I’ve been thinking about politics a lot recently, mostly populist rhetoric. Russell Brand’s interview with Paxman on ‘Newsnight’ to promote the latest issue of ‘The New Statesman’ has got a lot of my friends excited about the possibility that revolution is in the air. Although if I’m not mistaken similar sentiments were sung by forgotten singer songwriter Sandi Thom. I’ve watched the interview a few times and all I hear is a charming witty verbose man using a lot of big words but ultimately saying nothing. If anything Brand seems to be advocating the continuing wave of apathy that lurks around the ballot box. Forgetting that exercising your right to vote doesn’t just mean National Elections, but at local level as well. It is here, locally, where significant changes can be made, and in his words provide “a service to humanity”. Change can happen, and indeed has happened thanks to a democratic political process. I respect Brand as a comedian, and admire has stance on drug rehabilitation, but he just seemed a long way off the mark here.

Phew… went a bit off track there. ‘Creature from the Haunted Sea’, Roger Corman’s black and white B movie, brings together spies and sea monsters. Imagine James Bond meets ‘Sesame Street’. The film begins when a shoe shiner gets murdered by two bearded men. Prior to getting shot the shoe shiner had got off his fuckin’ shinebox and put a message in the sock of an American agent who goes by the alias of Sparks Moran, his real name is SK150.
SK150 meets a woman in a shady bar; their dialogue is hilarious, taking me back to childhood memories of Leslie Nielsen and Priscilla Presley’s exchanges in ‘The Naked Gun’ franchise. After finishing a game of chess a woman says “Long live the king”. SK150 asks her “Is that supposed to be a political remark”. The woman says “I don’t know anything about politics”. After the bar scene we’re treated to a cartoon montage that explains to us the overthrow of the Cuban government.

The spy’s job is to retrieve Cuban gold that is being held on a boat Captained by a dodgy fella named Renzo who’s done a deal with the Cuban treasury to transport some the loot out of the country. The crew comprises of crooks, gangsters, Cuban military and a moll called Mary-Belle. All of the crew have several aliases and Corman introduces us to almost each and every person on board. The best of the bunch is a simpleton who imitates animals, he makes a guttural sound after his introduction and we’re told “that for instance was the mating call of a Himalyan Yak”. He becomes more annoying than Michael Winslow in the ‘Police Academy’ films.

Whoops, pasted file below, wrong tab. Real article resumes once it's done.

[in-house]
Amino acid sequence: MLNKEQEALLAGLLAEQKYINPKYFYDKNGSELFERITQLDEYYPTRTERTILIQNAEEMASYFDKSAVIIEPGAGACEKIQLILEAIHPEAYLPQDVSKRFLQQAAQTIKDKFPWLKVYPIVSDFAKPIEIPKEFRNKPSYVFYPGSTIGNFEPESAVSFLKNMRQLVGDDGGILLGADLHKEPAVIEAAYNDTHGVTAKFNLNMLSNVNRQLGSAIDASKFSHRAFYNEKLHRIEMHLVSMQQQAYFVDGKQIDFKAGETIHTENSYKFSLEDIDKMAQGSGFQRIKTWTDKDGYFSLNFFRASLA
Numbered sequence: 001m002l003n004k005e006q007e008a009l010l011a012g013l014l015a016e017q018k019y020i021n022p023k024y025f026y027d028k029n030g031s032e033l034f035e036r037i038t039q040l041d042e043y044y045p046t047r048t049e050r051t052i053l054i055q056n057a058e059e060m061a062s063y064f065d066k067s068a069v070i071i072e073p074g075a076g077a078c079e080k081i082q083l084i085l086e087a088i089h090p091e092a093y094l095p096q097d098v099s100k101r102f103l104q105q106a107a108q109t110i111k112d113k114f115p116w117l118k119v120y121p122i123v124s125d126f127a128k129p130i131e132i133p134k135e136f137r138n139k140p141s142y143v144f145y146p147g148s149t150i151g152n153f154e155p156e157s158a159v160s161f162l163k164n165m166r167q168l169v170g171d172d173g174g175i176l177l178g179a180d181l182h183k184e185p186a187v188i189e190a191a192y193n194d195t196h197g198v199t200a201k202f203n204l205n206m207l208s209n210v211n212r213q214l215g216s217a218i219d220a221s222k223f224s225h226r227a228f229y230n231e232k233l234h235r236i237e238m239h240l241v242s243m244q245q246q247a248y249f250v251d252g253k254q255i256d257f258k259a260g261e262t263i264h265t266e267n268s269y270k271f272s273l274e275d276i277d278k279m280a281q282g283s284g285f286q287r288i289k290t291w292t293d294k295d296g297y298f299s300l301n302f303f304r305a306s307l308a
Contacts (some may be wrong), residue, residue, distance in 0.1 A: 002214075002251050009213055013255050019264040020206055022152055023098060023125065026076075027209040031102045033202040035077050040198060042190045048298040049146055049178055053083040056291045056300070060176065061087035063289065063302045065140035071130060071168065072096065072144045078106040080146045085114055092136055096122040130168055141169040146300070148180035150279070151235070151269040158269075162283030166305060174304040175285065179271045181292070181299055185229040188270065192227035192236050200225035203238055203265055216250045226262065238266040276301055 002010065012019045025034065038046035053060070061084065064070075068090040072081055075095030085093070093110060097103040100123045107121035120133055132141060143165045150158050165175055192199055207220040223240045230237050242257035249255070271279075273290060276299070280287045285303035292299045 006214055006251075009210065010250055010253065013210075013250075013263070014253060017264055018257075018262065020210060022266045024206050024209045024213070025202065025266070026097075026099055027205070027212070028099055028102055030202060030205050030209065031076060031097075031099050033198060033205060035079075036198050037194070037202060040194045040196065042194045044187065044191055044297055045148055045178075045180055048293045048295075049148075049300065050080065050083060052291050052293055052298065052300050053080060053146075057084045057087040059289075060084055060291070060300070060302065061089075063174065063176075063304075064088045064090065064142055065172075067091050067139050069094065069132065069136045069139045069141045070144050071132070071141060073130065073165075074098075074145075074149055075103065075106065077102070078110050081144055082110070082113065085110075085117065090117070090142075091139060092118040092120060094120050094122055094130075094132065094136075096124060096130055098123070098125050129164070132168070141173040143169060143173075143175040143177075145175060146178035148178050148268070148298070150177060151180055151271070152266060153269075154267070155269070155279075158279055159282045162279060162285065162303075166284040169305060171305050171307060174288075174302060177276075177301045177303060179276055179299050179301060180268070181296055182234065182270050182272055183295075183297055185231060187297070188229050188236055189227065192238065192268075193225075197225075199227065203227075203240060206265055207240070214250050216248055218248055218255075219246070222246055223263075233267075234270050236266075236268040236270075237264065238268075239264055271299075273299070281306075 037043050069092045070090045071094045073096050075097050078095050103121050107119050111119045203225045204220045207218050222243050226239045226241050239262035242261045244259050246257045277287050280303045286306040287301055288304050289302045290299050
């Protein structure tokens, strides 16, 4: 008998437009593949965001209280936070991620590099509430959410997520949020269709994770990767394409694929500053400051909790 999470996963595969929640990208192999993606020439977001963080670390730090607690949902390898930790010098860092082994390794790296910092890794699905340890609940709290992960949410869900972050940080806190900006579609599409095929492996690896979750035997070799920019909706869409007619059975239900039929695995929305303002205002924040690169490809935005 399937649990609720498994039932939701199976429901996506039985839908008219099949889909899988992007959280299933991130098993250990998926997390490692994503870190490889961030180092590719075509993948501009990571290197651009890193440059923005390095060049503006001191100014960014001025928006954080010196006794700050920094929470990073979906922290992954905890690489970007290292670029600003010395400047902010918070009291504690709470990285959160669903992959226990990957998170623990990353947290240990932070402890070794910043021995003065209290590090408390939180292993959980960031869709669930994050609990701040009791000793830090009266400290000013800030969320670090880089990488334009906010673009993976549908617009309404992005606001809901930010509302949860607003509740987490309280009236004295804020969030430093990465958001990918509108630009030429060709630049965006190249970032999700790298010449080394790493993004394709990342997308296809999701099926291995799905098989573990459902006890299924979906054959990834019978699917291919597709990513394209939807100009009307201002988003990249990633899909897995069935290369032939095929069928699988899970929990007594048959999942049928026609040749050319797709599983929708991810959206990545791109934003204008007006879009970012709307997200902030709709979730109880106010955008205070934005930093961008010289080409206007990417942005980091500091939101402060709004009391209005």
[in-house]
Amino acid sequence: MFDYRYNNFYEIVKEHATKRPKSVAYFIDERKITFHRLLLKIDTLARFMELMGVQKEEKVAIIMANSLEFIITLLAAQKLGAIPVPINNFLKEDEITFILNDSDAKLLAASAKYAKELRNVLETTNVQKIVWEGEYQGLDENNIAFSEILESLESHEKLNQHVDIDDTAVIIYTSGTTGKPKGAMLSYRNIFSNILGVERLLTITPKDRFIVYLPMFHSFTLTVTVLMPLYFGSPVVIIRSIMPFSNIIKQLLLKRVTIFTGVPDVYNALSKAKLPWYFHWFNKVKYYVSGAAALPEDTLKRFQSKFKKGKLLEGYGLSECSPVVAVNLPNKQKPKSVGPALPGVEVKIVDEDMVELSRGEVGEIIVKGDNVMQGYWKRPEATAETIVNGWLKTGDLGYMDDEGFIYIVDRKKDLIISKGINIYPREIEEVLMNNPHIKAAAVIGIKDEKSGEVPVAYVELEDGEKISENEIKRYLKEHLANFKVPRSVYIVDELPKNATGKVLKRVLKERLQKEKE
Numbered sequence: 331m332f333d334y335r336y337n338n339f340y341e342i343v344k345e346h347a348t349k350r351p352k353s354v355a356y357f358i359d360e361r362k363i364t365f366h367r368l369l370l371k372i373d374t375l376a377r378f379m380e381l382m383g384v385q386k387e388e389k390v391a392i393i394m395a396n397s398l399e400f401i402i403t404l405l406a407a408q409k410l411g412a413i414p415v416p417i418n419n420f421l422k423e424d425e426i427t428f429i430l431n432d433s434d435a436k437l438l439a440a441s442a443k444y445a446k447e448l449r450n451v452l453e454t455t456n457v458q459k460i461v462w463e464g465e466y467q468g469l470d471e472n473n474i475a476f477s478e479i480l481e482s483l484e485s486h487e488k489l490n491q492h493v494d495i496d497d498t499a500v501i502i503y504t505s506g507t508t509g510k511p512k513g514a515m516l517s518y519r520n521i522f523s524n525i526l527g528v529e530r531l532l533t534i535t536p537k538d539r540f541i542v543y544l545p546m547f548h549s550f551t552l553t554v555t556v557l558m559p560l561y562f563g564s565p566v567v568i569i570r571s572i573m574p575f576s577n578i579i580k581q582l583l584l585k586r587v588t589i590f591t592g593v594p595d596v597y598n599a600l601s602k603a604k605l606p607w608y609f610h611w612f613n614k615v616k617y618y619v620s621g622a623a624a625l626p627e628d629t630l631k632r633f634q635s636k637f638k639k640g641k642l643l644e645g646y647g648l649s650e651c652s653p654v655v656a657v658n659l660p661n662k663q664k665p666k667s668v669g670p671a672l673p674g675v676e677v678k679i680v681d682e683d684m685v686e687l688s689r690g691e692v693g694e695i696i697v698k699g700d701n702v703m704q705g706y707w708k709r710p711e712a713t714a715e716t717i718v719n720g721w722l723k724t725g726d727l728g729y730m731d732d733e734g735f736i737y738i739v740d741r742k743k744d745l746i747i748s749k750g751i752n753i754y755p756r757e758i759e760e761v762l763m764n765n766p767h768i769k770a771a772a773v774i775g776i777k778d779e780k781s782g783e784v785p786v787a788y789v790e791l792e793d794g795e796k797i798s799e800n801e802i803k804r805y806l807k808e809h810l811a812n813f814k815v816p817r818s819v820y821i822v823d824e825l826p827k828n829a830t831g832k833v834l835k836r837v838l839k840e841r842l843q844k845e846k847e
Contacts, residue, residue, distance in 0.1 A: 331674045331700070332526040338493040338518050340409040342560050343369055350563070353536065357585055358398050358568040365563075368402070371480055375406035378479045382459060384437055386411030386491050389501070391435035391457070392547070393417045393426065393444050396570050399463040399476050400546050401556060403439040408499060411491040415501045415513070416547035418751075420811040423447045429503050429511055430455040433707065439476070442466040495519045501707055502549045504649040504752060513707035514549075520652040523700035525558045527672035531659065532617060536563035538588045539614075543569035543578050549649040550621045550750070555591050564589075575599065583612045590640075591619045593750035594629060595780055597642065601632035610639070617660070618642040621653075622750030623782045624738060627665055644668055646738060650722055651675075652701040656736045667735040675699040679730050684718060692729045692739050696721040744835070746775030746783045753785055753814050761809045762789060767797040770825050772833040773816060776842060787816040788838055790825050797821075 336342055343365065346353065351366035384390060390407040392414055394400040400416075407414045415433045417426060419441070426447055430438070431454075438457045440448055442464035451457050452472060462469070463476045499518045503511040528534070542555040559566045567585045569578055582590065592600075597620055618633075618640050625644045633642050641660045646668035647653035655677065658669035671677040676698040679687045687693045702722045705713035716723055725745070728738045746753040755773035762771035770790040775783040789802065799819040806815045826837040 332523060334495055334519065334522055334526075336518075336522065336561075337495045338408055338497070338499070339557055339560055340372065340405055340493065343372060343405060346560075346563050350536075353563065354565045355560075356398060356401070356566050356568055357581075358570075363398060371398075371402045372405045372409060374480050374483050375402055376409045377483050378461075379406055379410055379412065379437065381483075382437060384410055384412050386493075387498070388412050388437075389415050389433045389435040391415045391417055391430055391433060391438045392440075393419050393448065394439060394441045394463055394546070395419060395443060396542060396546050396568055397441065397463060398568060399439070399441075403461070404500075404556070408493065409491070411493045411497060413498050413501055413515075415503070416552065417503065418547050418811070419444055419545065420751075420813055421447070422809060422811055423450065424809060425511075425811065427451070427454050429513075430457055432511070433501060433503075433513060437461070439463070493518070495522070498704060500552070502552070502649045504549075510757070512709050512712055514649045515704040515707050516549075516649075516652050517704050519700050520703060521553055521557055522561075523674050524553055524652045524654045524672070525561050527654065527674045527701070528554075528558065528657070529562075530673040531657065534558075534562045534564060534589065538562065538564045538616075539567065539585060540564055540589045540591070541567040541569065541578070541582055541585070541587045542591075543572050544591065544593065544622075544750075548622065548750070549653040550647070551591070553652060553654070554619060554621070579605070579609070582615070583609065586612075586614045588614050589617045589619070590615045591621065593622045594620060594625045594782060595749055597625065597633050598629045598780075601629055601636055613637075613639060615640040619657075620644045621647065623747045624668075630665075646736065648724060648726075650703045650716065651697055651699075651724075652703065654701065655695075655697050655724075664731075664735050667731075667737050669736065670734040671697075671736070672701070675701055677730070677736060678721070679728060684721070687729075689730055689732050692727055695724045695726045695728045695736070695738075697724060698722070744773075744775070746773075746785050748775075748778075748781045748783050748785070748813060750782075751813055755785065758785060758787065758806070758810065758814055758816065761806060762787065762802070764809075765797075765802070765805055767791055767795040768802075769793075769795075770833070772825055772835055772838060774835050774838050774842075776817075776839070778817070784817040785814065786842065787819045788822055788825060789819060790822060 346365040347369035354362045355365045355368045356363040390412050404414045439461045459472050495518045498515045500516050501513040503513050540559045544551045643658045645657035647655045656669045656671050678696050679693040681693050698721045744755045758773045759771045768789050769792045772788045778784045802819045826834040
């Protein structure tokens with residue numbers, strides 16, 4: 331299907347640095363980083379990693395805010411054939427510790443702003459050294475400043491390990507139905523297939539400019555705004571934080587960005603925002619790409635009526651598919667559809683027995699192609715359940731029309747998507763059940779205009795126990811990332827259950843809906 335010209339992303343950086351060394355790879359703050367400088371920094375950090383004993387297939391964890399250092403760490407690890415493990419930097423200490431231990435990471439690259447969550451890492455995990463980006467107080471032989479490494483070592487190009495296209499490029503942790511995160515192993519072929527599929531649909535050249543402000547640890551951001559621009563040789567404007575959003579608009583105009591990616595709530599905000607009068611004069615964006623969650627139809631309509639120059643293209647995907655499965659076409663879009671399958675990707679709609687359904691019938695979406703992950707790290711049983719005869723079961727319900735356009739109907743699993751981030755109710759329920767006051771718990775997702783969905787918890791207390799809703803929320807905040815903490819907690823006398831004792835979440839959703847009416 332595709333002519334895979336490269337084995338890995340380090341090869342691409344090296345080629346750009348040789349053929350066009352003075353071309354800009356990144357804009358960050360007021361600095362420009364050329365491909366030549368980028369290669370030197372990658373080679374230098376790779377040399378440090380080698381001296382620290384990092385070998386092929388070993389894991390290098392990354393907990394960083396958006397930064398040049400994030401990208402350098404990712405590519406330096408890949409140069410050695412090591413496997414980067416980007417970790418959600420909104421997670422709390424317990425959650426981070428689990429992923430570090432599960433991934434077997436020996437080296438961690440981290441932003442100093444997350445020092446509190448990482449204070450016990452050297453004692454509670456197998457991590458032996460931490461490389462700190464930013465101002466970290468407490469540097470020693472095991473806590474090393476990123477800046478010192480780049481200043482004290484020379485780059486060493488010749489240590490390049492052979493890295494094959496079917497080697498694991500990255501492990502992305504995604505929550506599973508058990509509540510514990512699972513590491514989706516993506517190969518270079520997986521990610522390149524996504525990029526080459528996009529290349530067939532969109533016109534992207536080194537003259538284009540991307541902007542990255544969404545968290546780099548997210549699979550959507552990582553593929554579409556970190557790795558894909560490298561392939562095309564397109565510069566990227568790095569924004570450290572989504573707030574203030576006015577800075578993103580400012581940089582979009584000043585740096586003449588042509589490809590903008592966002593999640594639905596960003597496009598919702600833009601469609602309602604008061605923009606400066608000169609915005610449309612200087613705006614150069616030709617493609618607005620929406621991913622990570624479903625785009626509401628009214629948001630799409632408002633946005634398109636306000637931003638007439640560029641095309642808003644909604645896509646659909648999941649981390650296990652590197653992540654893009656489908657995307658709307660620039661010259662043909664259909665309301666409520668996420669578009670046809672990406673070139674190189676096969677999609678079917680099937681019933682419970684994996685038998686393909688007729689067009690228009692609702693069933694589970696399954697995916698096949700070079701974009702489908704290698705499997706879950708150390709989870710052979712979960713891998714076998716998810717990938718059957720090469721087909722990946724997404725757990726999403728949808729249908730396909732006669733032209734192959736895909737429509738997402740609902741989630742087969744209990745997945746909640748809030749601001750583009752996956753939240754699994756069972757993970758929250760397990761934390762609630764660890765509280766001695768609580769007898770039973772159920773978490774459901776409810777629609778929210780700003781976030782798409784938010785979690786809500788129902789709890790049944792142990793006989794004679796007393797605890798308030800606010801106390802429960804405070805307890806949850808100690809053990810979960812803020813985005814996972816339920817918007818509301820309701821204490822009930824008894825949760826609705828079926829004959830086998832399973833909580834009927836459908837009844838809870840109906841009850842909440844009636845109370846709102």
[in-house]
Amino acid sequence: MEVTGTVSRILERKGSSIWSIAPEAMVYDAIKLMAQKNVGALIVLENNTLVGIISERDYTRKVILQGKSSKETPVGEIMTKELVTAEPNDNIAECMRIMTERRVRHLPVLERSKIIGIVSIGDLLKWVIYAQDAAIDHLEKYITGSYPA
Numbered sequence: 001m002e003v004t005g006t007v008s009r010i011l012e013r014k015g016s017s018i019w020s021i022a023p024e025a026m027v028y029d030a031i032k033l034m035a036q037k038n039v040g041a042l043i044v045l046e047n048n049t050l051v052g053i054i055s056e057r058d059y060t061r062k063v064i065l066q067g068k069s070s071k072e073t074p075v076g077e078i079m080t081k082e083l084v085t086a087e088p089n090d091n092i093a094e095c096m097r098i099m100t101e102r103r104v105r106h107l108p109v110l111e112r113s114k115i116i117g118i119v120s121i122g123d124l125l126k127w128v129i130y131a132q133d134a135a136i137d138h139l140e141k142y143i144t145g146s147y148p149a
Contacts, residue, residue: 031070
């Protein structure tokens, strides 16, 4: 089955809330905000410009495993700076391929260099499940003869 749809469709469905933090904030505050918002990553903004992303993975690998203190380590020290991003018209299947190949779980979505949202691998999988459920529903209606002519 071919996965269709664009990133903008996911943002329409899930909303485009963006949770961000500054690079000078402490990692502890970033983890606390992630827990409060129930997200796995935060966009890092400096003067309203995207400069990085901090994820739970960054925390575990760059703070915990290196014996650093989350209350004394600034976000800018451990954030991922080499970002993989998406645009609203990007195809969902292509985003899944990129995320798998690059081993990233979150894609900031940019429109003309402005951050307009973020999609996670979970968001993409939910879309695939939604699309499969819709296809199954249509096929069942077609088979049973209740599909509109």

‘Creature from the Haunted Sea’ drifts along until the boat is deliberately crashed by Renzo into the rocks; he tries to blame this accident and the disappearance of a crew member on a mythical sea monster. This bizarre opportunity allows SK150 to try and get the treasure away from the clutches of Renzo. When the crew find themselves on a desert island we finally get introduced to the creature. This sea beast looks like the entry in a playschool competition for making your favourite ‘Sesame Street’ character. The whole film takes a bizarre turn when the creature appears. Not least because it encourages the local islanders, a bunch of bad Latin stereotypes to get in the way.

At times the scenery literally falls apart around the actors, in one scene somebody is on the phone and a bit of shrubbery drops on them. Corman’s intention with ‘Creature from the Haunted Sea’ seemed to be to make a comedy that parodies our fascination for mythical monsters. The movie provides a host of laughs, and demonstrates the appeal of a giant farce. Everything is ridiculous, and that’s what makes it wonderful. Corman when filming ‘The Last Woman on Earth’ in Puerto Rico decided to put together this movie with the same cast because of tax incentives. It showcased his abilities as a filmmaker, because somehow he managed to put together something unique like this on the fly.


Creature from the Haunted Sea on IMDB